As far as I could glean, George Soros and John Arnold were the only people scoring a five or a four whose overall wealth actually declined or stayed flat since last year, according to Forbes’ reckoning. It’s interesting that one is a venerable progressive philanthropist whose sprawling giving operation seems to be preparing the way for his departure, while the other is a much younger giver who also happens to be the most vocal super-rich advocate of legislative charitable reform.

What are we to make of all this? On one hand, the failure of the super-rich to scale their giving in proportion to their rising wealth is nothing new. Both here at Inside Philanthropy and throughout the sector, we’ve spent years debating why billionaires don’t give more and how to get them to do so—as troubling as the implications of vastly expanded billionaire giving may be.

The difference this time around—and this was true last year as well—is that the world’s still in the grip of an era-defining, paradigm-shifting pandemic, one that has created or exacerbated a whole host of intersecting crises and needs. Forbes’ 2021 philanthropy scores paint a picture of a U.S. billionaire class that remains almost wholly disconnected from that reality, content to sit on stock market gains and make only minor tweaks to their charitable giving while the world burns—often literally. At the risk of sounding melodramatic (OK, maybe I already have), that one phrase commonly attributed to Marie Antoinette wouldn’t be too out of place here.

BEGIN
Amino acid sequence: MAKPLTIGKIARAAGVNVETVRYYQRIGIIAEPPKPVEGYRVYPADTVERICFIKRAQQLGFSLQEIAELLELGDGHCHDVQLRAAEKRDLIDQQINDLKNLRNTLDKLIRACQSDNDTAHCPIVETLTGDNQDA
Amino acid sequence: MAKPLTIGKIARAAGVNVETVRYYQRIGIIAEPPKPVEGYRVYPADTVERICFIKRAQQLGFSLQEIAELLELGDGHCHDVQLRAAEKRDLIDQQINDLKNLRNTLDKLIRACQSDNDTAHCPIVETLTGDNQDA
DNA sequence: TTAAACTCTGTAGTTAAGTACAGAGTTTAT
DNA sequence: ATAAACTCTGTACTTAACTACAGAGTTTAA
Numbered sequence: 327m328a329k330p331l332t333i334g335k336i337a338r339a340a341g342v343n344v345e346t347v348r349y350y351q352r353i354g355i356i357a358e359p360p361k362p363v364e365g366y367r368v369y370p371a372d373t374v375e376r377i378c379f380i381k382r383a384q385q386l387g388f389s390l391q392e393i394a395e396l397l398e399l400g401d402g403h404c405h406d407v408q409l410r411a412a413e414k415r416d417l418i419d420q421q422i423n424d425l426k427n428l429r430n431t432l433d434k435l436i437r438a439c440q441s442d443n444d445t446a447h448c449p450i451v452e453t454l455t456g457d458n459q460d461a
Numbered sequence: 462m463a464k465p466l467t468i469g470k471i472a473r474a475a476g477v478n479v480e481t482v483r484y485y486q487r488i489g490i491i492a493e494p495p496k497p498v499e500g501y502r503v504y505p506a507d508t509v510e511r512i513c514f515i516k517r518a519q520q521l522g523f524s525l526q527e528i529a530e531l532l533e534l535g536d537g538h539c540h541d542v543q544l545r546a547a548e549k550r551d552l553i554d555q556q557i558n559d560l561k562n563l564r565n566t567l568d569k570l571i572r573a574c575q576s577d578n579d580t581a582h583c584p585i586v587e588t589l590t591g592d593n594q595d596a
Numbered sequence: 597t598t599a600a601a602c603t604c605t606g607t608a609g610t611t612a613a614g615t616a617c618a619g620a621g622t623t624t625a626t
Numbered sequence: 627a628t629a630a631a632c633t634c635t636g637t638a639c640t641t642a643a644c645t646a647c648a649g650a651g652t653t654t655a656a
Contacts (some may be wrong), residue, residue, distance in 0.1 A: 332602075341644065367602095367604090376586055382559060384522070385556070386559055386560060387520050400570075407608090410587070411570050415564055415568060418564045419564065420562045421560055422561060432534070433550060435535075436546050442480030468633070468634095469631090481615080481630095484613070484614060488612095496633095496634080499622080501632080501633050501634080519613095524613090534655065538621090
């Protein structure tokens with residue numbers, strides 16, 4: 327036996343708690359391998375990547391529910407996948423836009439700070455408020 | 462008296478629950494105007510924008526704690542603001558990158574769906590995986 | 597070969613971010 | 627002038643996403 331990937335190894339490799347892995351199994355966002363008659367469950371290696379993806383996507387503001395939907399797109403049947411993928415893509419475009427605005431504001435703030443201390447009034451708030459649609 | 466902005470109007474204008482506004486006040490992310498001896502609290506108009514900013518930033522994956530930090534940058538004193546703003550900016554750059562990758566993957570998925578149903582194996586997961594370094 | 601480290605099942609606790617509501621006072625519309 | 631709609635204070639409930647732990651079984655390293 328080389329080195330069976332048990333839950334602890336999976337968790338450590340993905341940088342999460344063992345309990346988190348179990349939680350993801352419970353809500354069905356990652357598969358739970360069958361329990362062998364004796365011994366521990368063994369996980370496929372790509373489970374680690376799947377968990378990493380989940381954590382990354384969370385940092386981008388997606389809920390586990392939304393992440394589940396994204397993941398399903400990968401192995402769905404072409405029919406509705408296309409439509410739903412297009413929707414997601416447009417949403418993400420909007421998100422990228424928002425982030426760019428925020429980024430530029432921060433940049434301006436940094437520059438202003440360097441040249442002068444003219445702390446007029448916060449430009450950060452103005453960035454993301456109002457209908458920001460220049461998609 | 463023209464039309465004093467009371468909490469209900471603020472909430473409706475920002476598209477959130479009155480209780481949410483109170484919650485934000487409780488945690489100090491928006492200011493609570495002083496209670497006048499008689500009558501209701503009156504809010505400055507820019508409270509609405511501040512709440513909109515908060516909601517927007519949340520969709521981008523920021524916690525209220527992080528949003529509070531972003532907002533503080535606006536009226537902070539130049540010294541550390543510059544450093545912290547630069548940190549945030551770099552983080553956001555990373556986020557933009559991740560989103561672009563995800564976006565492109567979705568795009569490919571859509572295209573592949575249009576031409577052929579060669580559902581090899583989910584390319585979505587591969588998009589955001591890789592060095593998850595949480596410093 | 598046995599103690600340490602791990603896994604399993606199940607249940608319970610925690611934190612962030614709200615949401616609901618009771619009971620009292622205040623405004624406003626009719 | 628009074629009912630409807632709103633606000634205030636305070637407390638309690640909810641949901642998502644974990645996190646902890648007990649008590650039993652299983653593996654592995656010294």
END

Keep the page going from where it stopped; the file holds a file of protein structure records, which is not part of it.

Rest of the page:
Billionaires’ lackluster pandemic response (a few excepted) was the subject of a set of reports from Candid and the Center for Disaster Philanthropy, released late last year and early this year. With the exception of MacKenzie Scott and Jack Dorsey (who still scored only a two on Forbes’ list due to his own surging net worth), super-rich Americans’ COVID-related giving in 2020 hovered at or below 1% of their net worth—often significantly below.

As we’ve learned from a document leak to ProPublica not long ago, many super-rich Americans’ effective tax rates aren’t all that higher. By taxing income instead of wealth—and giving the rich copious opportunities to legally evade taxation—the federal government has allowed many of these gargantuan fortunes to accumulate largely tax-free. And despite talk of a wealth tax, the Biden administration and congressional Democrats have so far balked at any meaningful addition to what the ultra-wealthy owe.

It’s always possible that will change at some point down the road. But until it does, philanthropic giving remains the only other viable long-term siphon on skyrocketing billionaire wealth. So as frustrating as their continued reticence may be, it’s also still true that over the longer term, we’re living in a new Gilded Age that will bring into being philanthropic dynasties far more numerous and diverse than those of yesteryear.

Billionaires who do decide to give in a particularly expansive or innovative way stand to gain a lot in terms of reputation—Scott being the standout example. John Arnold, at age 47, is the only Forbes list member scoring a five who isn’t 80 or older. There’s plenty of room for younger billionaires to join Scott in the ranks of trailblazing philanthropists as figures like Buffett, Gates and Soros enter advanced old age or otherwise lose their sheen.

Reading through the Forbes 400, it’s hard not to think about how much these modern titans have been lauded for innovative thinking, risk-taking, organizational brilliance—even as geniuses or oracles. With the caveat that billionaire giving doesn’t always bode well for democracy, one is left to wonder why those virtues seem to desert so many of them when it’s time to give the money away.